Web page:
Aaron Hernandez stood in court this week, a suit and tie covering his multiple arm and chest tattoos, and calmly pleaded not guilty to two counts of first degree murder and various other charges. Hernandez, 24, has been in jail since his arrest last year in connection with the June 2013 execution style murder of Odin Lloyd. These, however, were new charges, for murders committed in 2012 when, according to prosecutors, an accidental bump on a dance floor and a spilled drink ended in two men being shot to death. Lloyd was an acquaintance, the boyfriend of Hernandez’s fiancee’s sister. Daniel de Abreu and Safiro Furtado were apparently strangers, who seemingly were in the wrong club at the wrong time.
With all the headline grabbing sports stories that have been popping up lately, from Johnny Football in Vegas, to the vile Donald Sterling and an inspiring Michael Sam, I had almost forgotten about Hernandez, a former standout tight end for the New England Patriots and Florida Gators. But Hernandez is not someone who should be forgotten about. This is a violent man, and I don’t mean the type of “violent” as all football players must be on the field. This a man who seemingly has no regard for human life, and will pull the trigger whenever his ire is raised. The 24 year old Hernandez has a public record that goes back 7 years, and we can only speculate to his even earlier years as his juvenile records are sealed.
But let’s take a look at what we do know:
According to the Orlando Sentinel, after just arriving at the University of Florida in 2007, a 17-year-old Hernandez was arrested for getting into a fight in front of a local campus hangout known as The Swamp and breaking a man’s eardrum with a sucker punch. Hernandez received a deferred prosecution. Just weeks later Corey Smith, 28, and Justin Glass, 19, after an altercation with Hernandez and three of his teammates, were driving around Gainesville, when someone shot at their car. Hernandez and his fellow Gators were questioned at length by the police but no charges were filed. Hernandez also reportedly failed multiple drug tests at Florida, though he was suspended only once for those offenses.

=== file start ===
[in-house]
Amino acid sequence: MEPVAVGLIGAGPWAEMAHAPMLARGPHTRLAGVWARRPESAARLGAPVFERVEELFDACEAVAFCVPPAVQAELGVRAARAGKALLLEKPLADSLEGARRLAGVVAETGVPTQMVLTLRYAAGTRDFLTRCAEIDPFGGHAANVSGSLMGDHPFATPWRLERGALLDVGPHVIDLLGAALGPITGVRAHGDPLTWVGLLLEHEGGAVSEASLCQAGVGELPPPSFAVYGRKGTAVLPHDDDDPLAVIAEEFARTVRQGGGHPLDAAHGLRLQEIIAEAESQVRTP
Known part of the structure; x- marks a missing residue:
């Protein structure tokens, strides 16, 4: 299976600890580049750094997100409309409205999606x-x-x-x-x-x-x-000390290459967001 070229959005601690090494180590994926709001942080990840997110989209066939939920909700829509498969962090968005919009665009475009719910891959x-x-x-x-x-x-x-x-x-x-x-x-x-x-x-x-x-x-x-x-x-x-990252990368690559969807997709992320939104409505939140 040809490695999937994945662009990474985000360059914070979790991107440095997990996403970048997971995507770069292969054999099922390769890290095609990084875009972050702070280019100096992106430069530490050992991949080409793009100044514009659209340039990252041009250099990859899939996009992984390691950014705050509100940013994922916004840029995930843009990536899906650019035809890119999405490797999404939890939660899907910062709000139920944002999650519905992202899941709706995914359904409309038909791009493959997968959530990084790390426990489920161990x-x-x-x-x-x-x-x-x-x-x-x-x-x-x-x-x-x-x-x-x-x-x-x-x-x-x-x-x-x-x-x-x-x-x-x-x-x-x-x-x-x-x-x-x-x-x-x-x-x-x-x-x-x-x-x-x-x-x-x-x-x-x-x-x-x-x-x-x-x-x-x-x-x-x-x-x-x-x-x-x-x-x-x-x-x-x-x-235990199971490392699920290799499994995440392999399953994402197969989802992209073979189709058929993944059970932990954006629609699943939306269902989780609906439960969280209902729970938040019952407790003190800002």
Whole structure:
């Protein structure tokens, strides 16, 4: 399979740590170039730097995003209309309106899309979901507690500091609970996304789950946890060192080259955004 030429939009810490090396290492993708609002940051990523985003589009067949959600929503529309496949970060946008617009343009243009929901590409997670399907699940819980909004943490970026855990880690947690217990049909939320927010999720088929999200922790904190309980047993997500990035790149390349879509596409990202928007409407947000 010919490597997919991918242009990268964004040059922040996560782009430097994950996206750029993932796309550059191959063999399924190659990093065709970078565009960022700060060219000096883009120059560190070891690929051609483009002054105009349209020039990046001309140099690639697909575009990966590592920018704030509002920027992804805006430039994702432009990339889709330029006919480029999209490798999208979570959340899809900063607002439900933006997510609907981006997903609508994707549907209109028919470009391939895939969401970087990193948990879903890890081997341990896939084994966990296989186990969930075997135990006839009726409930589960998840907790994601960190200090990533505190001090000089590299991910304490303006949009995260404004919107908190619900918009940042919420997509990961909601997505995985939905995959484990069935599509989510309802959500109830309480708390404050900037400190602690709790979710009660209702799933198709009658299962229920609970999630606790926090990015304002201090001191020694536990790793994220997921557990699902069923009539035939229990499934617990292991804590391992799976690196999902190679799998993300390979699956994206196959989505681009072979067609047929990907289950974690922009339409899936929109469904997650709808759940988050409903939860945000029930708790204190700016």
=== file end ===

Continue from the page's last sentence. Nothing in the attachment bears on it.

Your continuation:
Hernandez left the University of Florida three years later as the Mackey Award winner (given annually to college football’s best tight end), but concerns about his behavior away from the game saw him drop until the fourth round of the draft when the Patriots finally chose him. He threatened to “f*** up” Wes Welker just days after being drafted because the veteran Welker didn’t show him how to operate the replay machine. In February 2013 a former friend of Hernandez alleged in a Florida lawsuit that he lost his right eye when Hernandez shot him in the face as they argued outside a Miami club. In February of this year while incarcerated, Hernandez was accused of savagely beating a fellow inmate (who was handcuffed at the time). He is also being investigated for allegedly threatening to kill a correctional officer, who according to a fellow ex-inmate, stopped Hernandez from receiving extra food. Hernandez is alleged to have made machine gun noises at the officer and threatened to “kill the guard and shoot his family” when he is released from jail.
So since 2007, the 24-year-old Aaron Hernandez been charged with, or linked to, the shootings of six people in four incidents. He has posed for selfies in the mirror while a wielding a .45 and covered in “Bloods” regalia and has the word BLOOD tattooed on his right hand. In conversations with Rolling Stone, friends of Hernandez, who insisted they not be named, say Hernandez had been using angel dust, had fallen in with a crew of gangsters and convinced himself that his life was in danger, carrying a gun wherever he went. A disturbed and violent man without question. So how could such a hi-profile athlete, his face known by everyone in his communities and in the spotlight where ever he went, manage to string together this many acts of extreme violence before being brought to justice? Crime may not pay, but being an elite athlete does…in many ways.